Malaysia's uCustoms project about to get off the ground
By Karamjit Singh December 6, 2013
- New trade facilitation system to cost in region of US$140mil
- Consolidated system intended to reduce time and cost for clearing goods
THE long awaited national single-window system, called uCustoms, to facilitate trade in and out of Malaysia is finally about to see light of the day with the Royal Malaysian Customs having issued a Letter of Intent (LOI) to a technology company.
In October, during an interview with Digital News Asia (DNA), Customs had declined to reveal which company had been given the LOI. However it has since been reliably learnt that Brilliance Information Sdn Bhd, was issued the LOI, which it has accepted and a Letter of Award (LOA) with the scope of work will soon be signed.
Director-General of Customs, Khazali Ahmad (pic) told DNA that the total contract for the entire uCustoms project will be in the region of US$140 million (RM450 million) in total. It is unclear if Brilliance Information will get the whole contract.
The national single-window system is in essence a set of systems that facilitate trade by allowing traders to submit all import, export, and transit information required by regulatory agencies via a single electronic gateway.
The project is intended to eliminate the need to process and submit the same information numerous times to different government entities, including some that are automated and others that still rely heavily on paper.
In many countries, it is not uncommon for more than 30 different government agencies to play a role in the processing and clearance of goods. If a raft of paper-based documents needs to be submitted to various agencies – it matters little if customs declarations can be processed electronically.
This is why the Malaysian approach is a comprehensive one, based on effective information sharing, streamlining of procedures and genuine collaboration among all agencies. The Ministry of International Trade and Industry (MITI) is the lead ministry for the project.
If the total cost looks expensive, Khazali pointed out that the scope of work is going to be massive with the uCustoms system to be implemented in 40 Customs stations around Malaysia with major work to be done in busy ports like Port Klang and Tanjung Pelepas.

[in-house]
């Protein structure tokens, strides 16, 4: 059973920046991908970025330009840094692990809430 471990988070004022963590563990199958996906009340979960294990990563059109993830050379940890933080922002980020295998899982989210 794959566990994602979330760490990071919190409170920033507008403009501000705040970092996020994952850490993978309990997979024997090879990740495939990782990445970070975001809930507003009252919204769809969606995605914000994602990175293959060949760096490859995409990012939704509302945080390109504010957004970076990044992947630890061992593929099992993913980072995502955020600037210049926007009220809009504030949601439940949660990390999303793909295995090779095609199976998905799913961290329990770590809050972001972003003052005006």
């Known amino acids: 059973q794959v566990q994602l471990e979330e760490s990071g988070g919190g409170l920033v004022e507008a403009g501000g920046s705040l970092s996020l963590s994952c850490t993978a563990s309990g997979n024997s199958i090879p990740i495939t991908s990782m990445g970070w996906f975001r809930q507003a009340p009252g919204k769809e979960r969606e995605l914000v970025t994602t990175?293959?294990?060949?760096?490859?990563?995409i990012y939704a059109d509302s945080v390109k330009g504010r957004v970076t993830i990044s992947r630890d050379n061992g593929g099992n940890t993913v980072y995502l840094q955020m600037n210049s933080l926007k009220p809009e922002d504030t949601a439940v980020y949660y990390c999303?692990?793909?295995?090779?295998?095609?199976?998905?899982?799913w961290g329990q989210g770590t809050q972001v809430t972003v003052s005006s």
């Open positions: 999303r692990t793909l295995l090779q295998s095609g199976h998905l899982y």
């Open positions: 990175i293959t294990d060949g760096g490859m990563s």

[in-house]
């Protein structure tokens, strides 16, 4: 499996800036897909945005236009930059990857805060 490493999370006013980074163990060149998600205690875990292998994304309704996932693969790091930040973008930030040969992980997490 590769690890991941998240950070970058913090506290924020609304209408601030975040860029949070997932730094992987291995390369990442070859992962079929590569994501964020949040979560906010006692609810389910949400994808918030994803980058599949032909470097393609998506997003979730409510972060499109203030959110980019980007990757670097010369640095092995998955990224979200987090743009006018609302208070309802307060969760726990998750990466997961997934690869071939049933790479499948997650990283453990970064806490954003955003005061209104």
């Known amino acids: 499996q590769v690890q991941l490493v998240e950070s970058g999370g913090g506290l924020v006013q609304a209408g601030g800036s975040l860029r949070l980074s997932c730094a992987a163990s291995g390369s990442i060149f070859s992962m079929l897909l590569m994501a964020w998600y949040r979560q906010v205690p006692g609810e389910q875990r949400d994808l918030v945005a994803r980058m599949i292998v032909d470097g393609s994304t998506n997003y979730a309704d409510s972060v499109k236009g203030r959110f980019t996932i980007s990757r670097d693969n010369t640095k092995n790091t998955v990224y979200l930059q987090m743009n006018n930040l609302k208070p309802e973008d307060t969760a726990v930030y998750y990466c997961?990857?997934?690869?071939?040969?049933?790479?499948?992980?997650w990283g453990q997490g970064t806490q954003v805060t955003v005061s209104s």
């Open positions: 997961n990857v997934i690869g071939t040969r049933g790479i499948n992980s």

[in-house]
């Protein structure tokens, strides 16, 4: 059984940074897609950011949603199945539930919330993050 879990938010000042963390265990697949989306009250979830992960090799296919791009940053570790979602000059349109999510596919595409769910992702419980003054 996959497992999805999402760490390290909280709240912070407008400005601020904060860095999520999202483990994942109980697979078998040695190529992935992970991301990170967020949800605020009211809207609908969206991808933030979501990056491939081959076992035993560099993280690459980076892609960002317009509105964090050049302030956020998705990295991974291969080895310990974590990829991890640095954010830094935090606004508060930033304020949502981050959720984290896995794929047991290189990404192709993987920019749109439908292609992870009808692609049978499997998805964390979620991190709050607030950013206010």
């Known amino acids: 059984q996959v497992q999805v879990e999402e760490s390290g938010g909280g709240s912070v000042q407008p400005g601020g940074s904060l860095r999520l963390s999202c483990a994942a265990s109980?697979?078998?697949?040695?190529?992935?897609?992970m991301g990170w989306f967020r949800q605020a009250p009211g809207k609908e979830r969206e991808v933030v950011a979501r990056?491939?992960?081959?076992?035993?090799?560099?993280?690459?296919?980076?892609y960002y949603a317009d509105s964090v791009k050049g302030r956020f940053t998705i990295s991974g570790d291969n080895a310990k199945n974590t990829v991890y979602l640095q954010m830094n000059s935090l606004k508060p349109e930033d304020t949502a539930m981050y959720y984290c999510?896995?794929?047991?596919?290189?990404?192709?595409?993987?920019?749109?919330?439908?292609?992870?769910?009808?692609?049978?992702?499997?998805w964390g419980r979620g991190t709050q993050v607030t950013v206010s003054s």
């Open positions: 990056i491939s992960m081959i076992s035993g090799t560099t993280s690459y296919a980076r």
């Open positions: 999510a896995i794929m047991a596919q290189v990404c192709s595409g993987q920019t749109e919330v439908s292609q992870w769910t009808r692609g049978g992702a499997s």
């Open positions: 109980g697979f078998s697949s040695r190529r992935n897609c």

This does not include the costs involved in educating and getting the buy-in of various players in the entire value chain ranging from freight forwarding companies to bonded warehouses and shippers.
A recent catalyst for this project, which was being discussed as early as 2005, was a 2012 Mampu study that showed Customs needed to revamp their systems to include a Risk Management Engine and an Auto Approval process to further facilitate trade.
“We already have a system that acts as the national single window and that is DagangNet, operated by Dagang Net Technologies Sdn Bhd,” said Khazali, adding, “But the new system will be much more ubiquitous and cover more relevant trade related agencies. Hence its name, uCustoms, with the ubiquity coming from the fact that it can be accessed via mobile too, besides strategically placed kiosks.”
Dagang Net, a subsidiary of TIME Engineering Bhd, describes itself as Malaysia’s first, largest and most established e-commerce service provider. It has performed over 275 million electronic transactions and US$558 million (RM1.8 billion) worth of Customs duty payment.
In addition to Customs taking full ownership for the responsibility to ensure trade flows as smoothly as possible, Khazali indicated that it will be more cost effective in the future too. Besides the US$115 million (RM370 million) that it has cost to run DagangNet since it first started working with Customs, he said there is also a yearly fee for maintenance.
Some industry observers point out that once uCustoms goes live, allowing DagangNet to keep offering its services will mean that there will be two players competing to deliver better services to the market.
However Khazali said that uCustoms would eventually be the sole system, with both systems to run concurrently until the market is familiar with the new offering.
Confident that with uCustoms fully in place, Khazali estimates by 2016-2017, “our ranking in the World Bank’s Ease of Doing Business report will improve significantly.”
“The cost in doing business will reduce and the amount of time taken for goods clearance will be much faster too,” he added.
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